Get Your Dog Care Questions Answered by Experts
There are pluses and minuses to both options.
Lasers work such that if the correct distance is observed, they avoid overheating the tissues. In the mouth, though, it becomes very difficult to completely control the angle of the laser and where it heats tissues. If mistakes are made (and they are easy to make) damage that is irreversible can be done.
On the other hand, using a scalpel blade and removing the tissue leads to significant bleeding. This bleeding stops, but dogs tend to be sore for a couple of days. INfection is also a concern if the mouth is not kept clean.
You will hear both of these arguments, depending on who you ask.
Personally, I prefer to use a scalpel blade and avoid the laser in this situation. I treat my patients aggressively with pain medications and control infection with clean procedures and antibiotic coverage.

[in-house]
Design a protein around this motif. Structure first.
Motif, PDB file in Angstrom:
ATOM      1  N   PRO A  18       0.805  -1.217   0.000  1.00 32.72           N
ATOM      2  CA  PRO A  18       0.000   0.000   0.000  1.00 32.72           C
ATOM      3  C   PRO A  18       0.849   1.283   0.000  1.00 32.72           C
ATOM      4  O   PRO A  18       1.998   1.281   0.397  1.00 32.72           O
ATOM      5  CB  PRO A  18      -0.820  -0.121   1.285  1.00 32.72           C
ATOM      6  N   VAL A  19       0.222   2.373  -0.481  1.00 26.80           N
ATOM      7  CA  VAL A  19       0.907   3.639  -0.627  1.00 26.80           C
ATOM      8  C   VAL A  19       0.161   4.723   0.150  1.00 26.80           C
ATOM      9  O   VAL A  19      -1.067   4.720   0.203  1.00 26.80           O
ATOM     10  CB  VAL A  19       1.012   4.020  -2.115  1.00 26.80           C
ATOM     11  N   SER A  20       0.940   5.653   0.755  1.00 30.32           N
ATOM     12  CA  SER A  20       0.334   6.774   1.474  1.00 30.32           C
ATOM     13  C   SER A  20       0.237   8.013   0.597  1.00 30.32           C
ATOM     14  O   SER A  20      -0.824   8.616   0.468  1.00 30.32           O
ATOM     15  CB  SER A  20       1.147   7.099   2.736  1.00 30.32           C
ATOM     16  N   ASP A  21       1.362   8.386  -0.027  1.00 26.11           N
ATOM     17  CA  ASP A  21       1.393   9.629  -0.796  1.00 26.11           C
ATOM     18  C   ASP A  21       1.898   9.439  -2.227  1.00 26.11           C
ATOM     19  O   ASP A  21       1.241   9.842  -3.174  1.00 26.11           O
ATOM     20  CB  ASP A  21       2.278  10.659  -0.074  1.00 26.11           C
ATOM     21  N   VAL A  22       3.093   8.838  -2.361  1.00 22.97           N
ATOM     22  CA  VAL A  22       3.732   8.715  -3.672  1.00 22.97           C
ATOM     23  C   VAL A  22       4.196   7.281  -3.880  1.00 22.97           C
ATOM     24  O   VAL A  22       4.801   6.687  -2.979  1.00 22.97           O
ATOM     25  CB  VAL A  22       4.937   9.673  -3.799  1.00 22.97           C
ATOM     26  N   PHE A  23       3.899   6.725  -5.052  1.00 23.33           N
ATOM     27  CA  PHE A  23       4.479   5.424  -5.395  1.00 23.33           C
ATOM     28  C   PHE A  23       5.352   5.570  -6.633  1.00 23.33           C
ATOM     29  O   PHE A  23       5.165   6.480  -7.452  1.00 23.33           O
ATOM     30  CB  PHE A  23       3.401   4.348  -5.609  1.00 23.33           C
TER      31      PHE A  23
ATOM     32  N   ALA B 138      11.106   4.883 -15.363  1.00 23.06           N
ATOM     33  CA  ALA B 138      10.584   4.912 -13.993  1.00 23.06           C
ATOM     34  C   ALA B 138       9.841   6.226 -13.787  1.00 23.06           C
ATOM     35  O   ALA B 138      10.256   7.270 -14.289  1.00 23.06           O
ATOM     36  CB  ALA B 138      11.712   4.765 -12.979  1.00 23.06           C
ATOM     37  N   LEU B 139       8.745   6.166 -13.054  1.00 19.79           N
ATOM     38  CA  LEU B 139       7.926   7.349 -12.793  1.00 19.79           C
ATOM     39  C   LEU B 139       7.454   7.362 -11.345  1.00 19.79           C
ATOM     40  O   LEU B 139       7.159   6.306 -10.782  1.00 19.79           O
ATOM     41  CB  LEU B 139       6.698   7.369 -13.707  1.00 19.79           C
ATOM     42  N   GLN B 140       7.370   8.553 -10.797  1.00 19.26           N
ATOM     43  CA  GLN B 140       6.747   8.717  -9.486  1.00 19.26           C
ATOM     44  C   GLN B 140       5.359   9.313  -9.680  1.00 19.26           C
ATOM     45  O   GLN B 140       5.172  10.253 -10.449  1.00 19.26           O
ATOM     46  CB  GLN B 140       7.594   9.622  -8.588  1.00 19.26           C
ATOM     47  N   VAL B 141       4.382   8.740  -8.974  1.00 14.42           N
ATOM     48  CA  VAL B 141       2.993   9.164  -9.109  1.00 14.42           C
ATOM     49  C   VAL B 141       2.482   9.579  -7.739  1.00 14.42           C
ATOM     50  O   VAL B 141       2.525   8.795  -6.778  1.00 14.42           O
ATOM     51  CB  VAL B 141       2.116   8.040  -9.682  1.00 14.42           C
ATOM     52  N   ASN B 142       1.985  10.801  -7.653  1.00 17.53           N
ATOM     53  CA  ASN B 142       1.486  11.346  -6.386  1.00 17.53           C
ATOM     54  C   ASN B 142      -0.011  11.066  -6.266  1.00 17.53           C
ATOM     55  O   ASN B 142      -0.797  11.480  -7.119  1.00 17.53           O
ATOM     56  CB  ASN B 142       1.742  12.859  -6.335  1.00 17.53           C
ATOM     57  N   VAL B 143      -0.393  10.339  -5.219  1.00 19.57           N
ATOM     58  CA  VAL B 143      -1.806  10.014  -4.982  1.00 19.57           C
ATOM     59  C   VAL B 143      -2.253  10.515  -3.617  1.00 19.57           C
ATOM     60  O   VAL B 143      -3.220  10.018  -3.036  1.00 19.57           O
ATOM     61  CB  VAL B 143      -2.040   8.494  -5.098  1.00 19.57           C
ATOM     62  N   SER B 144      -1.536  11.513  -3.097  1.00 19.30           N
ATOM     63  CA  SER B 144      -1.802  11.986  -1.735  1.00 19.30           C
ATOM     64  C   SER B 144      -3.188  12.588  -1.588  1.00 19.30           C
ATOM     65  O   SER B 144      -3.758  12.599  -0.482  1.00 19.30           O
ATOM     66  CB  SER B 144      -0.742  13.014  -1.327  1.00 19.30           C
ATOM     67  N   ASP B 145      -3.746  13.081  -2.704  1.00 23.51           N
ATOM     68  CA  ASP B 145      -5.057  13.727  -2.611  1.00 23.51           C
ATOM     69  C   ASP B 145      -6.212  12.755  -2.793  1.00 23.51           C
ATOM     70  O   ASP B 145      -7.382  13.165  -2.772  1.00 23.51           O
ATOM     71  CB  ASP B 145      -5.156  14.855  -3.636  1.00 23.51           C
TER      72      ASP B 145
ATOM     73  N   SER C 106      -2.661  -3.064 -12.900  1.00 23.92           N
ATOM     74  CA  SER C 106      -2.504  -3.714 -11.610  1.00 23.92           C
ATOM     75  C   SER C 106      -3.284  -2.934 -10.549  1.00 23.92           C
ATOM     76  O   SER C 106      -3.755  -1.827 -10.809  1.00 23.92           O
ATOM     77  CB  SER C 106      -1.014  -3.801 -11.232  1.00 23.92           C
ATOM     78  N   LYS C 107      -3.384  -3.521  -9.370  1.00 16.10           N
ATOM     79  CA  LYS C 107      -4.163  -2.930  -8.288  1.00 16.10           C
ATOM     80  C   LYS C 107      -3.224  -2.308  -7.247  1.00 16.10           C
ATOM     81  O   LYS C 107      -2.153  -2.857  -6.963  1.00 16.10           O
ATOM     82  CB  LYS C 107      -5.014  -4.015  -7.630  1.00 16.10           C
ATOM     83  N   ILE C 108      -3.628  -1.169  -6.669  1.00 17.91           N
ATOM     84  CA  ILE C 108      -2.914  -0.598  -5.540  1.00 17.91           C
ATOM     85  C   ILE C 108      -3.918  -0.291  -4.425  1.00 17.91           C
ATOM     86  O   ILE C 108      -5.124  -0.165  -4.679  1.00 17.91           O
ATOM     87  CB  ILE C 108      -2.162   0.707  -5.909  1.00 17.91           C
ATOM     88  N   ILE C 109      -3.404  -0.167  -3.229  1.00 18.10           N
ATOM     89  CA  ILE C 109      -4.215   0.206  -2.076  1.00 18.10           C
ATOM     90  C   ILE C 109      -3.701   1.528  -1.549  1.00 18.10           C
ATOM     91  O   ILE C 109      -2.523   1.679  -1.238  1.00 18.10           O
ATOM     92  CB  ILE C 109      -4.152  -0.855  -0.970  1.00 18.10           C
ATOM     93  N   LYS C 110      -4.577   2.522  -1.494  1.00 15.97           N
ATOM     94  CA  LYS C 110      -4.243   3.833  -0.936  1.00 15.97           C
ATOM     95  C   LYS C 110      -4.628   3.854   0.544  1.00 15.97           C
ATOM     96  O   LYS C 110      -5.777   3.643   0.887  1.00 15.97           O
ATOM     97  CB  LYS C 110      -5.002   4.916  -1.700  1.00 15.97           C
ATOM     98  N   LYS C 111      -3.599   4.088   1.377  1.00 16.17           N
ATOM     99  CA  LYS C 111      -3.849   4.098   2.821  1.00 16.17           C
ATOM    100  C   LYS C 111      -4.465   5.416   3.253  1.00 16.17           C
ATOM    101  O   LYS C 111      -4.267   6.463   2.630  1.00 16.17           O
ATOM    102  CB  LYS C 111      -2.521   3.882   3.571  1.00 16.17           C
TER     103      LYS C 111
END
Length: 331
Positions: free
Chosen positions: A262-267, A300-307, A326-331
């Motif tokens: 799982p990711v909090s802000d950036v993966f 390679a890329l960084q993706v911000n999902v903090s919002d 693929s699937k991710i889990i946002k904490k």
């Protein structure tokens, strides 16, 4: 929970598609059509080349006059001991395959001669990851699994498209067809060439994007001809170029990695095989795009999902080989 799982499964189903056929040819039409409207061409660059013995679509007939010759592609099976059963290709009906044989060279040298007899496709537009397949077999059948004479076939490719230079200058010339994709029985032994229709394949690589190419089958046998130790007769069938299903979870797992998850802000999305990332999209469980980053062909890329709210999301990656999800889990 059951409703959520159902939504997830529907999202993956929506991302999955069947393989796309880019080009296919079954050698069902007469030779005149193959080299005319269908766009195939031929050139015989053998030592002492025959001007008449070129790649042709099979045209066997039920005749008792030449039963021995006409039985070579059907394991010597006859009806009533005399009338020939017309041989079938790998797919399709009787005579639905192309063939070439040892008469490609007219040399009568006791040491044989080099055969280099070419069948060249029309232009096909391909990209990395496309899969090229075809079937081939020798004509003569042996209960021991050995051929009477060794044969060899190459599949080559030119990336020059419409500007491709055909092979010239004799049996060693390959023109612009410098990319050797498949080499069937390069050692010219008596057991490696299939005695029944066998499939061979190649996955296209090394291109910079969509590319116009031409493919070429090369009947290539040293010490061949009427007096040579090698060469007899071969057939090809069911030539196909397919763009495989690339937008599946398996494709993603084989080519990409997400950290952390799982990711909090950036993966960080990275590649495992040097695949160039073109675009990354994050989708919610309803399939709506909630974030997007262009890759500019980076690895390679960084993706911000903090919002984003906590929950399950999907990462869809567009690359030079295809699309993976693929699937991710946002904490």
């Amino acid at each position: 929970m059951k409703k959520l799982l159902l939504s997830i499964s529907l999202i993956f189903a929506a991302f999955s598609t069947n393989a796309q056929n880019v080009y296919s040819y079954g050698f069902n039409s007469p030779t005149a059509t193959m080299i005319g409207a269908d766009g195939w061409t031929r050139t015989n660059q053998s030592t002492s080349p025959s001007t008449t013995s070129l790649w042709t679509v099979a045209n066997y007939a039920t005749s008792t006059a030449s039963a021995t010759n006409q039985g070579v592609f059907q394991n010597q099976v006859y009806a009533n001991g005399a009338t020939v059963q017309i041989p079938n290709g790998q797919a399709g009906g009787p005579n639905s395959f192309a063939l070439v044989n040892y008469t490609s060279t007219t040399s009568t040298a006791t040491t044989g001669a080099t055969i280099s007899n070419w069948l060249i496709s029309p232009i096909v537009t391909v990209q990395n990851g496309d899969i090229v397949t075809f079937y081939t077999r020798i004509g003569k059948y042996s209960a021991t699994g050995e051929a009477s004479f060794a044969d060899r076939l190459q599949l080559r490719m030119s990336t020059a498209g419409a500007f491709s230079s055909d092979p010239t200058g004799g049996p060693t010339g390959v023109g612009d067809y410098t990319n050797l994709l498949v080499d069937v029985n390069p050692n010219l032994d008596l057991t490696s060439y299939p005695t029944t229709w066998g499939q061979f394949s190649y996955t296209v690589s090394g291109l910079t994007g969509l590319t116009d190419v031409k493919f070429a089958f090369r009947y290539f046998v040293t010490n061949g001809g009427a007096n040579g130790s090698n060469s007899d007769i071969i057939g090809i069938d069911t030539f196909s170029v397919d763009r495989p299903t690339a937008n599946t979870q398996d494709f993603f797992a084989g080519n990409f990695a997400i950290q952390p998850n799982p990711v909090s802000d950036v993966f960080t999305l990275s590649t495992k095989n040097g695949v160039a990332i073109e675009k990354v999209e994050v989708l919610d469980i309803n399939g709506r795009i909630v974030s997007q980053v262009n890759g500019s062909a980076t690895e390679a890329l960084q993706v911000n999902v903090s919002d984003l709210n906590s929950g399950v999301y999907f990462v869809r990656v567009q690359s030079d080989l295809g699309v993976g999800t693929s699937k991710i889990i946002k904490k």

I hope this helps!
As always, if you have further questions or concerns, please don't hesitate to ask them using the "reply" function.
I questioned the Vet who does the laser directly about this and he said that they hold a wet gauze between the area so there is less chance of the laser heating up the area. Also, he said they have had the laser for 8 months and have done quite a few of these procedures.
In your opinion is 8 months a good amount of time to feel comfortable with this procedure?
The answer to that question depends on how many of these are done.
In my practice, we have only done two gingivectomies in the last 2 years. So, if that is the number, then, no, it isn't long enough. If, however, they are doing one a month, then yes, that does help.
My concern even with the wet gauze plan is that the proximity of the gums to the tooth makes it difficult to get that gauze in there and protect the tooth.
I think that the laser procedure can probably be done with a low risk of problems.
If it were my dog, however, I would prefer to have it done with a scalpel.